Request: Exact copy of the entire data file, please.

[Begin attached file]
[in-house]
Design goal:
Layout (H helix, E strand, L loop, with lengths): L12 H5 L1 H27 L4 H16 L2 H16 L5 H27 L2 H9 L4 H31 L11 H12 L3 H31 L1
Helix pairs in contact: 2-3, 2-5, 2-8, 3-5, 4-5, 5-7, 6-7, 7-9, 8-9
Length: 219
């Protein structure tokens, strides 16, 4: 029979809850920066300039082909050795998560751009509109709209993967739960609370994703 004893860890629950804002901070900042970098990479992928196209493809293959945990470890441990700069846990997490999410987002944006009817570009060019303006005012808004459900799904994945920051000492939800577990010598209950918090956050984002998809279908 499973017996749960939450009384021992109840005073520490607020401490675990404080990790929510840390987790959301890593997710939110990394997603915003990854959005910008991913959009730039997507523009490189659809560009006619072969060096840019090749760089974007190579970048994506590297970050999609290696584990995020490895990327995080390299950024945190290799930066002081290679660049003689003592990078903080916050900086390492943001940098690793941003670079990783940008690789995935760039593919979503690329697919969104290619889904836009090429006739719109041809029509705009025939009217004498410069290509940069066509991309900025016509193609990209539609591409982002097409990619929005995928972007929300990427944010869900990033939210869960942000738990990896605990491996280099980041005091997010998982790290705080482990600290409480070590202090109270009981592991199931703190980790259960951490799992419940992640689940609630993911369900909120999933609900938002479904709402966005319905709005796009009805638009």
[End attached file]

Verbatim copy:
[in-house]
Design goal:
Layout (H helix, E strand, L loop, with lengths): L12 H5 L1 H27 L4 H16 L2 H16 L5 H27 L2 H9 L4 H31 L11 H12 L3 H31 L1
Helix pairs in contact: 2-3, 2-5, 2-8, 3-5, 4-5, 5-7, 6-7, 7-9, 8-9
Length: 219
């Protein structure tokens, strides 16, 4: 029979809850920066300039082909050795998560751009509109709209993967739960609370994703 004893860890629950804002901070900042970098990479992928196209493809293959945990470890441990700069846990997490999410987002944006009817570009060019303006005012808004459900799904994945920051000492939800577990010598209950918090956050984002998809279908 499973017996749960939450009384021992109840005073520490607020401490675990404080990790929510840390987790959301890593997710939110990394997603915003990854959005910008991913959009730039997507523009490189659809560009006619072969060096840019090749760089974007190579970048994506590297970050999609290696584990995020490895990327995080390299950024945190290799930066002081290679660049003689003592990078903080916050900086390492943001940098690793941003670079990783940008690789995935760039593919979503690329697919969104290619889904836009090429006739719109041809029509705009025939009217004498410069290509940069066509991309900025016509193609990209539609591409982002097409990619929005995928972007929300990427944010869900990033939210869960942000738990990896605990491996280099980041005091997010998982790290705080482990600290409480070590202090109270009981592991199931703190980790259960951490799992419940992640689940609630993911369900909120999933609900938002479904709402966005319905709005796009009805638009």